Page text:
Yes, they do. They go into a queue for the community managers to look at. But they didn't always, and there's a reason it's taking so long right now.
Back in 2015, JNat and I joined the team as support specialists, taking over the ZenDesk support queue where all community tickets landed. Part of that responsibility eventually included a queue where all the CM escalations would land. It was sorted by a special priority system that tried to organize certain types of escalations that might be more urgent over the others. If JNat or I couldn't handle the ticket, we'd pass it along to someone else. But we mostly handled them all ourselves.
About a year and a half ago, that changed completely. Our support queue transitioned to Freshdesk and combined with support for Talent and the newly created Teams product. JNat stayed with the community team and followed a different role that wasn't directly related to support, while I was joined by Grace Note in following to a new "support team" - not being technically a part of the community team anymore. One of the biggest departures from tradition with this change was that only support staff had direct logins with Freshdesk, whereas the entire community team now shared a single login to access stuff they needed.
With regards to CM escalations
Since these escalations were already set up to be emailed to the community support queue, they initially fell onto the support team for handling. Since I was the only one on this team that was familiar with the majority of these tickets and how they were processed, they all got dumped into my personal queue in the support system for me to process whenever I had time.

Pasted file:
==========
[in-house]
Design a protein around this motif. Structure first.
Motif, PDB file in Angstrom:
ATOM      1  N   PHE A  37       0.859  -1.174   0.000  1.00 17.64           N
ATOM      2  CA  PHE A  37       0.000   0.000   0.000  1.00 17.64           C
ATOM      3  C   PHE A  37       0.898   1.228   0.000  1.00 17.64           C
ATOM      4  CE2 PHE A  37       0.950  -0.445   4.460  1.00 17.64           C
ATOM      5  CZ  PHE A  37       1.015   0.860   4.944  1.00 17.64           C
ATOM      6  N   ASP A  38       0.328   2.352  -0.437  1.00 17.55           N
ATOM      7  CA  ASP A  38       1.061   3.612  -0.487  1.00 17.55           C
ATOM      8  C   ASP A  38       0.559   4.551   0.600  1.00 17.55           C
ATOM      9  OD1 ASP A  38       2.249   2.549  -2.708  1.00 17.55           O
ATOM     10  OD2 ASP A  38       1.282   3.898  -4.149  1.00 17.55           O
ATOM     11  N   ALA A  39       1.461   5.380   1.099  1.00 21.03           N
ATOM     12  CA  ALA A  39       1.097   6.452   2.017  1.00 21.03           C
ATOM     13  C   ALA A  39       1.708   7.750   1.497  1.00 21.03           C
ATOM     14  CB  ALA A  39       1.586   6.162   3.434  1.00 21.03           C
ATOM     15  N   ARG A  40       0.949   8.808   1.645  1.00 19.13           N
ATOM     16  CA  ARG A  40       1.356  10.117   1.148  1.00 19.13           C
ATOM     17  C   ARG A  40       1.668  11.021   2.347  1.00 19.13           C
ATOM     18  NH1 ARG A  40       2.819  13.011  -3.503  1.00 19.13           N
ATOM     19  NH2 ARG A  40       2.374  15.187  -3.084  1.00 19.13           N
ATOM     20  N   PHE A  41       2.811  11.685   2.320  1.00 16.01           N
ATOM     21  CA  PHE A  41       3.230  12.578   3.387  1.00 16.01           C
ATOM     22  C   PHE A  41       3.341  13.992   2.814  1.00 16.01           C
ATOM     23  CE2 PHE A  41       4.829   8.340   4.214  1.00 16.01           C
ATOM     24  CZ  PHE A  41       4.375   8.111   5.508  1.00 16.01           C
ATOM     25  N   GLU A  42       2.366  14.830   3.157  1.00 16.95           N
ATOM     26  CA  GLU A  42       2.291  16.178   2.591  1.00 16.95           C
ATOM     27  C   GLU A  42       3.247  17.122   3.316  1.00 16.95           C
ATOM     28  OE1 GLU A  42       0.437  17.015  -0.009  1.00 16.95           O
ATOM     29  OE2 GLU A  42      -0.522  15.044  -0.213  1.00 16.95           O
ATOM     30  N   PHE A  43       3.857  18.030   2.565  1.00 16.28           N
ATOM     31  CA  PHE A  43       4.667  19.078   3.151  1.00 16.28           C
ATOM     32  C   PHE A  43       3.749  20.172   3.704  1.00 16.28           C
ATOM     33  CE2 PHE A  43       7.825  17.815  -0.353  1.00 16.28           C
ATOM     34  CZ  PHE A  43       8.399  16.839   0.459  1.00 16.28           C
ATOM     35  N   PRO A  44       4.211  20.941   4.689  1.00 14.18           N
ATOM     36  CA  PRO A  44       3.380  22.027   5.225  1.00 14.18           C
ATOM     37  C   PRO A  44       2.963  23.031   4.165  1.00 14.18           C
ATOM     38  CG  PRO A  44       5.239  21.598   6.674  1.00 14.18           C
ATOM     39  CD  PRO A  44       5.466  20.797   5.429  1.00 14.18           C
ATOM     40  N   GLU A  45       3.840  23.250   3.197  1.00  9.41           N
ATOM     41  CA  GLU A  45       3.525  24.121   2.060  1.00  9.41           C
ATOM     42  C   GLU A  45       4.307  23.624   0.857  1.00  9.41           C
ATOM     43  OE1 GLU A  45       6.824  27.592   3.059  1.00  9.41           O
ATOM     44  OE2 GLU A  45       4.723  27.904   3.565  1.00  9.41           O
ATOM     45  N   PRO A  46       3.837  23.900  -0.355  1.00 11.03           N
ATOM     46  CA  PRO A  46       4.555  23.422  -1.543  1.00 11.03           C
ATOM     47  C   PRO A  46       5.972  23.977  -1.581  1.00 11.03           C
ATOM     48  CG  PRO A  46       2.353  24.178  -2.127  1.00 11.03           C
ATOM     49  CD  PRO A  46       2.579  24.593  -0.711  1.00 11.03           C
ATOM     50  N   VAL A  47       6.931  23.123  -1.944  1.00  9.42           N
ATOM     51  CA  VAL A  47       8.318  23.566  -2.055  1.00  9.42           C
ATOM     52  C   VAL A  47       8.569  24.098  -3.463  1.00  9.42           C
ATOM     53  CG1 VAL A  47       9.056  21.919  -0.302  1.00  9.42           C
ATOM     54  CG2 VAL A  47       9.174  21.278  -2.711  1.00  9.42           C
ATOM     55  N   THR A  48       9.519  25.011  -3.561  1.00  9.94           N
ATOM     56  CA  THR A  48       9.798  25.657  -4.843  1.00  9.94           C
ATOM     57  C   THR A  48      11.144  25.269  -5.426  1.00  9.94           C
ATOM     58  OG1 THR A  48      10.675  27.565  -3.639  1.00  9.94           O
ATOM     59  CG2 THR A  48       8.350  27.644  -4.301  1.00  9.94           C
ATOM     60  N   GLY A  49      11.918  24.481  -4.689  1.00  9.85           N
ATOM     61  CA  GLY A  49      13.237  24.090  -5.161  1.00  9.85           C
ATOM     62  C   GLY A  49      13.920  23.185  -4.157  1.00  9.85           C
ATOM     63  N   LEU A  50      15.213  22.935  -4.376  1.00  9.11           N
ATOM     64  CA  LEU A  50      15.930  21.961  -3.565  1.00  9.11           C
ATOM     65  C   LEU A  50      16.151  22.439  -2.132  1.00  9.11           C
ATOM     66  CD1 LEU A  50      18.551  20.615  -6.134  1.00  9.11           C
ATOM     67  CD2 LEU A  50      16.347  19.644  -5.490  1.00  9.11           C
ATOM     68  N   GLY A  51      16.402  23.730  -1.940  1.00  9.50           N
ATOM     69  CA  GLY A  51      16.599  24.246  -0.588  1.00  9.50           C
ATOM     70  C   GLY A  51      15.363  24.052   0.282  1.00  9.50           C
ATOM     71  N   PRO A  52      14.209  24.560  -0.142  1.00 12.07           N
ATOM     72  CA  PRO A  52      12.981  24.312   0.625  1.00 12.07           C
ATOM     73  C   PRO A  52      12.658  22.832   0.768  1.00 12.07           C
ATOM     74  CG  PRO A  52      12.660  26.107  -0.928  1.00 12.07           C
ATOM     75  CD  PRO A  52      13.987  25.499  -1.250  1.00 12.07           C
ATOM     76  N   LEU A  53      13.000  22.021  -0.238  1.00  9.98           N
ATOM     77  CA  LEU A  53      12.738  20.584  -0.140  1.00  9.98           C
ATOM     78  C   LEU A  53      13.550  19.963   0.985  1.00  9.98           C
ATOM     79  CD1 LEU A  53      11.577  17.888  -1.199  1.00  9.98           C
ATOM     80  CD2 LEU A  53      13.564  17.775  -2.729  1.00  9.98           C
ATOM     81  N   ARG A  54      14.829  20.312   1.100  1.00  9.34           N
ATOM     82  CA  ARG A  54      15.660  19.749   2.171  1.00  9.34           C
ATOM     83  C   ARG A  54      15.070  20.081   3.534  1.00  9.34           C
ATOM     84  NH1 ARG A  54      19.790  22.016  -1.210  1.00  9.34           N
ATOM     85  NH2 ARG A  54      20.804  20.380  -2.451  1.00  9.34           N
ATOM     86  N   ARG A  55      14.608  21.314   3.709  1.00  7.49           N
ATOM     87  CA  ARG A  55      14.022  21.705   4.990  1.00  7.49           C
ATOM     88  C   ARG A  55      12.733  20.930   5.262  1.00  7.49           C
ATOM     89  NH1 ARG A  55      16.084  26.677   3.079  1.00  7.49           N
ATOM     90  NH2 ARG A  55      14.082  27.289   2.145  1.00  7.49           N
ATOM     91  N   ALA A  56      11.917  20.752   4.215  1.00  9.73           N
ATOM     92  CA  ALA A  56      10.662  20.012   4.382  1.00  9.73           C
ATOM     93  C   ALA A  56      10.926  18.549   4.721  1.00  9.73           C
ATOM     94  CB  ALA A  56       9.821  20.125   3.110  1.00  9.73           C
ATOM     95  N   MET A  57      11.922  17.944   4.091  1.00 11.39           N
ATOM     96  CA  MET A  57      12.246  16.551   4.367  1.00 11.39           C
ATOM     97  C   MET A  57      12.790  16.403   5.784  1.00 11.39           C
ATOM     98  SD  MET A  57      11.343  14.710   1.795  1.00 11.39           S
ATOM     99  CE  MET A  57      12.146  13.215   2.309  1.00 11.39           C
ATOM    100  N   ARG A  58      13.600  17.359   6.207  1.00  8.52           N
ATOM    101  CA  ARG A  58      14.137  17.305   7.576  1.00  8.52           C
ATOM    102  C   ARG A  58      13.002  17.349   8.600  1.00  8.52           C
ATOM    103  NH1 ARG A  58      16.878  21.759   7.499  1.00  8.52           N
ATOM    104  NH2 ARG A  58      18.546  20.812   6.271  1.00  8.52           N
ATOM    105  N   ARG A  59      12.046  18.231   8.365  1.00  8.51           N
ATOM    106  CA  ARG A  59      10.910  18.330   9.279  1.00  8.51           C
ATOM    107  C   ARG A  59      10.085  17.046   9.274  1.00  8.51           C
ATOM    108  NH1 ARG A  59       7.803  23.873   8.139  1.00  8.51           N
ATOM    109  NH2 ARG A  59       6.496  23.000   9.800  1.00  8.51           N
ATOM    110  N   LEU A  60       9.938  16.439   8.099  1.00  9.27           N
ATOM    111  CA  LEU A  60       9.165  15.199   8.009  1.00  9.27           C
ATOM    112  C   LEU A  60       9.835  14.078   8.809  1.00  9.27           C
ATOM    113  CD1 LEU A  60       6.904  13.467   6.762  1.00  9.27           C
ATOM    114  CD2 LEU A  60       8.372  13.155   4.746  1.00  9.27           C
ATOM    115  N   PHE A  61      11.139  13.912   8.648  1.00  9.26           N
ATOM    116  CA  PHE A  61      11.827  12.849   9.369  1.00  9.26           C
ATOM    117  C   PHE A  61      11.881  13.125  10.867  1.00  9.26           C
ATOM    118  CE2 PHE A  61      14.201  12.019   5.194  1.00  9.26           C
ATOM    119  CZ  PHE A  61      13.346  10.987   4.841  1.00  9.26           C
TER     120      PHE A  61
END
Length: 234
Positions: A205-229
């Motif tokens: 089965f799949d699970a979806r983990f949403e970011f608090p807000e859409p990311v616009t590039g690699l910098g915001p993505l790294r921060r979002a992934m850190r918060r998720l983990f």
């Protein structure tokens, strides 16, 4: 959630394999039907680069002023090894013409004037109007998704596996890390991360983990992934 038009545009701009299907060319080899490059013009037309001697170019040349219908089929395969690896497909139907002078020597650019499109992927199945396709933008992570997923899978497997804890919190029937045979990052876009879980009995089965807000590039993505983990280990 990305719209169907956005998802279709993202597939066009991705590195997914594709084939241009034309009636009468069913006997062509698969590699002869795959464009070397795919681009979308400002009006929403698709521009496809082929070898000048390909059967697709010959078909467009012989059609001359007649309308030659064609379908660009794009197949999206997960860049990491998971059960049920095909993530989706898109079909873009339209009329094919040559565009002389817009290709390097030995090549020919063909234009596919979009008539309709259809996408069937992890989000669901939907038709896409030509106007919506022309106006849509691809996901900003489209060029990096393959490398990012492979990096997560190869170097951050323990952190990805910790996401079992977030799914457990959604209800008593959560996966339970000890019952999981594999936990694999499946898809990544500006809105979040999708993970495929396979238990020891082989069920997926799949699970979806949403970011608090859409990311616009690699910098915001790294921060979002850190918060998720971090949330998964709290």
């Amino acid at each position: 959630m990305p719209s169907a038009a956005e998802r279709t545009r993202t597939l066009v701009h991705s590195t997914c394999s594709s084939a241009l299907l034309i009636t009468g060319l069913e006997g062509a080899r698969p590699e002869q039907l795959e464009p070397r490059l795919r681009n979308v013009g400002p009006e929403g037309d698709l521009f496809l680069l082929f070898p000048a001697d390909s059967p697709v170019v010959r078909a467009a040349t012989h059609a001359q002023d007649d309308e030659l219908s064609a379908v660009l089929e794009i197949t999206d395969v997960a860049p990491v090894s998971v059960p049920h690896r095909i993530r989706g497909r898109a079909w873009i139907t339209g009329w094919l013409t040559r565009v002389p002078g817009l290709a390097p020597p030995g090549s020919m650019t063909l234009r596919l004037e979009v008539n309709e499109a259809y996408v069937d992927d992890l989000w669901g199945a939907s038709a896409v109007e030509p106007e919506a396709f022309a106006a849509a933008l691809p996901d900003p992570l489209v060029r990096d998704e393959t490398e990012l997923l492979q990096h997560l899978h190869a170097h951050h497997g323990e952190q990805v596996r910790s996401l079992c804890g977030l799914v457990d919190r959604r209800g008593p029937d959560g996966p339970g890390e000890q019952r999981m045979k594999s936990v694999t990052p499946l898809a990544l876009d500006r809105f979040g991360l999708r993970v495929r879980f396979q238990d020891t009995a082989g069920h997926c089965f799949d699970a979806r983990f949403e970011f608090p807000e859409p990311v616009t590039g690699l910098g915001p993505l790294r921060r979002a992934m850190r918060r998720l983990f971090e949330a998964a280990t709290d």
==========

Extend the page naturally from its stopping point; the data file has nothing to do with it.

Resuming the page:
One rainy day earlier this year, I was asked by my manager what it would take to train the rest of the team to handle these escalations, because no company likes having only one person trained to do specific tasks. I might go on vacation someday, he says. Pondering this thought for a while, "it's probably a lot of work." Most of the support team isn't as familiar with the community or how the site works - at least not enough that they'd fully understand how to process these escalations without basically going through community manager training first.
This sparked an analysis - why is the support team responsible for these? Simple answer: because they were going into our queue and nobody questioned it. But it doesn't make sense for the support team to continue handling these.
The current backlog
So on September 18, I went back to the community team and asked them to come up with some process for their own team to surface and handle these escalations on their own. After all, they are called "community manager" escalations, and the support team are not community managers. I had planned on continuing handling these while that process was created. Unfortunately, around that same time, I got very busy with two other projects that ate up most of the free time I would normally devote to handling those escalations, and handled maybe a dozen over those two months.
Ironically, the exact situation we were trying to avoid by transitioning these back to the community team is what caused the current dilemma, and we ended up with a huge backlog which is still over 250 tickets long.
But they are there, and they are slowly being processed again. That system is in place for bugging community managers to handle them, and the backlog has shrunk over the past month. How fast it continues to shrink depends entirely on what else the CMs have to deal with over time. But we also have to remember that some inappropriate voting is an extremely low priority, and just about anything else that can possibly come up will likely be higher on the list than plundering through a bunch of voting invalidation tickets. But at some point, someone will look at it.